That doesn’t mean it’s perfect though, and there’s a good chance if it isn’t being as cool as it should be, that’s it’s due to the frost build up around the fridge’s evaporator coils.
An evaporator coil then impacts the evaporator fan which is responsible for circulating the cold air around the fridge and freezer.
When this fan becomes damaged after coming into contact with the frost that’s built up, it starts making a loud, whirring sound and will fail to keep your fridge cold.
#4: Condenser Coils
The condenser coils in your fridge sometimes referred to as compressor coils, are an important part and detailed part of the cooling process.
Here, the compressor pushes the refrigerant vapor into the evaporator coils found on the back of the fridge. This pressure creates heat and gas, which then cools to absorb heat, and then turns back into a liquid.
Without this running properly, there’s no way for the heat to be absorbed and temperatures are sure to increase. These coils can be become clogged easily and when they do, the air no longer circulates and it doesn’t do the cooling down part of its job.
#3: Door Doesn’t Close
This is an all too common problem with fridges and one that can be responsible for many of their problems, not just a cooling issue.
The door on a fridge must be sealed shut for the food to stay fresh and temperatures to remain where they need to be, however, a broken gasket can stop this from happening.
The gasket is the rubber strip around the edge of the fridge door, sometimes referred to as a seal. This should be airtight without leaks for the fridge to work as it should, but it can tear or become loose which allows the warm air from outside to come in.
Luckily, it’s an easy fix and a replacement part will get your fridge cooling like new again.
#2: Broken Thermostat
The first thing we normally check when the fridge is feeling warm is the thermostat, but what if it’s showing a perfect reading?
When the temperature on the thermostat doesn’t match the actual one, it could be a case of a broken thermostat.
A thermostat is nothing more than a thermometer and a central place to control the temperature, and it can be easily replaced if it’s faulty.
To test it out, place a thermometer inside the fridge to see what temperature it’s reading and then call for assistance from a professional about installing a new one.
#1: Damaged Door Switch
When you open the fridge, a light automatically turns on, and the temperature drops to save energy.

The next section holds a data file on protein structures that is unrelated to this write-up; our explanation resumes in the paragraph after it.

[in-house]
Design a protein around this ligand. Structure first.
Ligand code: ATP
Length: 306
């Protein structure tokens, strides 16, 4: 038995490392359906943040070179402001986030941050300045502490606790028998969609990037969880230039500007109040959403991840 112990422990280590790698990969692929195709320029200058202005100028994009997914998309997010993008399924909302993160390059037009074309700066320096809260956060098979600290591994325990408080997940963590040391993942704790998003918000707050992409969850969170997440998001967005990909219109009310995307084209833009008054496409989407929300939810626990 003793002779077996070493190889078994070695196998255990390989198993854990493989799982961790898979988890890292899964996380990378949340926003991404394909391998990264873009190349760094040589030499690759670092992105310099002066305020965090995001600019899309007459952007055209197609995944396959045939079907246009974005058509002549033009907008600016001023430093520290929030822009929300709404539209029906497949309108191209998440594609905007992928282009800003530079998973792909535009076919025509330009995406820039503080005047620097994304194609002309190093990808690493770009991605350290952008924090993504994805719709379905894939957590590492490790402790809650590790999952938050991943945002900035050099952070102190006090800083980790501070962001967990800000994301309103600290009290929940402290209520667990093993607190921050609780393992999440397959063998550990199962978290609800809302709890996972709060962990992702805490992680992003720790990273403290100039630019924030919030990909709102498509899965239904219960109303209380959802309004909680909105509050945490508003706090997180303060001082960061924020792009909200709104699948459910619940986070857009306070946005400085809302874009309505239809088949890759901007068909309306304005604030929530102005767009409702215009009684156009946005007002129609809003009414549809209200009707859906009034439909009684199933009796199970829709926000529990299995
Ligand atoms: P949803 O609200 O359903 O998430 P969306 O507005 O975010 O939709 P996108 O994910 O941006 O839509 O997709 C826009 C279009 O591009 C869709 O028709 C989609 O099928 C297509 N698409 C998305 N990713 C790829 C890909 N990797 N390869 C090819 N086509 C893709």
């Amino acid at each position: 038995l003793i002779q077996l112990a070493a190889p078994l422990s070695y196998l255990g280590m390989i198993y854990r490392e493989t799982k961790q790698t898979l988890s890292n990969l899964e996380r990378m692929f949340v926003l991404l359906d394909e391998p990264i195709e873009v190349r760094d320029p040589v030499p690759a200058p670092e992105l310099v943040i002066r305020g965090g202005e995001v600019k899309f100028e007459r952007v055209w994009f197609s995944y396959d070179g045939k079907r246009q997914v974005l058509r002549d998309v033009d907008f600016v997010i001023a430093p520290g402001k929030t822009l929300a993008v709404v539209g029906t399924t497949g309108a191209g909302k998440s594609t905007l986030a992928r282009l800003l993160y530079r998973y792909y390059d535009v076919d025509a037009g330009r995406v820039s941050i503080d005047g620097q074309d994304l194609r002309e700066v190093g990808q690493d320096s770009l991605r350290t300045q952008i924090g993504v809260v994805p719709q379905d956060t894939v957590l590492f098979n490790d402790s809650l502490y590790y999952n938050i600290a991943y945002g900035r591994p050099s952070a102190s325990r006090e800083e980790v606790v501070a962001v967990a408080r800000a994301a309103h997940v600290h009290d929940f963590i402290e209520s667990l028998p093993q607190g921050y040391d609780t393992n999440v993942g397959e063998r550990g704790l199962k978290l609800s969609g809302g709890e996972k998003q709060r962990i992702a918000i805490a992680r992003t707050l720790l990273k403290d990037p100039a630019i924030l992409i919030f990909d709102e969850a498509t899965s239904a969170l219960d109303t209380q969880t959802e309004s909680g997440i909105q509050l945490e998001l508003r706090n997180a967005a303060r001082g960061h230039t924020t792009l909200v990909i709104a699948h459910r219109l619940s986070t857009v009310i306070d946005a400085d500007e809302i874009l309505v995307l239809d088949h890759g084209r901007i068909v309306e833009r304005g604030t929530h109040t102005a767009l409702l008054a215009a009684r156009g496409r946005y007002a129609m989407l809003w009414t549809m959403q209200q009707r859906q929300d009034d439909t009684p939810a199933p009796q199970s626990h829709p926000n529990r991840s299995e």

This handy mechanism makes it easy to see the food inside when you’re grabbing a snack and ensures the motor doesn’t burn out when the door is open and it’s trying to keep cool.
When the door switch that activates this change becomes damaged or has a fault, it no longer knows when to do it.
Therefore, you’re left with a fridge that thinks it’s in a perpetual state of openness, even once the door is closed, and a light that’s left on inside which can add further to the heat.
A fridge that doesn’t cool is no good to you or your kitchen but thankfully most of these issues can be rectified yourself at home with just a few simple tools.
We’ve answered some FAQs about fridges that don’t cool and other common issues you might have so you can find out the easiest fix.
How Do I Make My Fridge Cooler?
Fridges should be 32 degrees Fahrenheit for ideal conditions but each fridge has its own thermostat and temperature control.
There’s usually a dial inside the fridge that can be changed, and the higher the number the colder the temperature will be. If you don’t feel it’s cool enough, you can adjust it up one number and then wait a while to see if this feels better.
What’s the Coldest Part of a Fridge?
If you need to store something in the coldest part of the refrigerator, the bottom shelves and drawers will be the place to go.
As cold air sinks, it makes sense that these lower levels are cooler, but in modern frost-free fridges, they’ve been designed to circulate the air and ensure that all areas are the same temperature.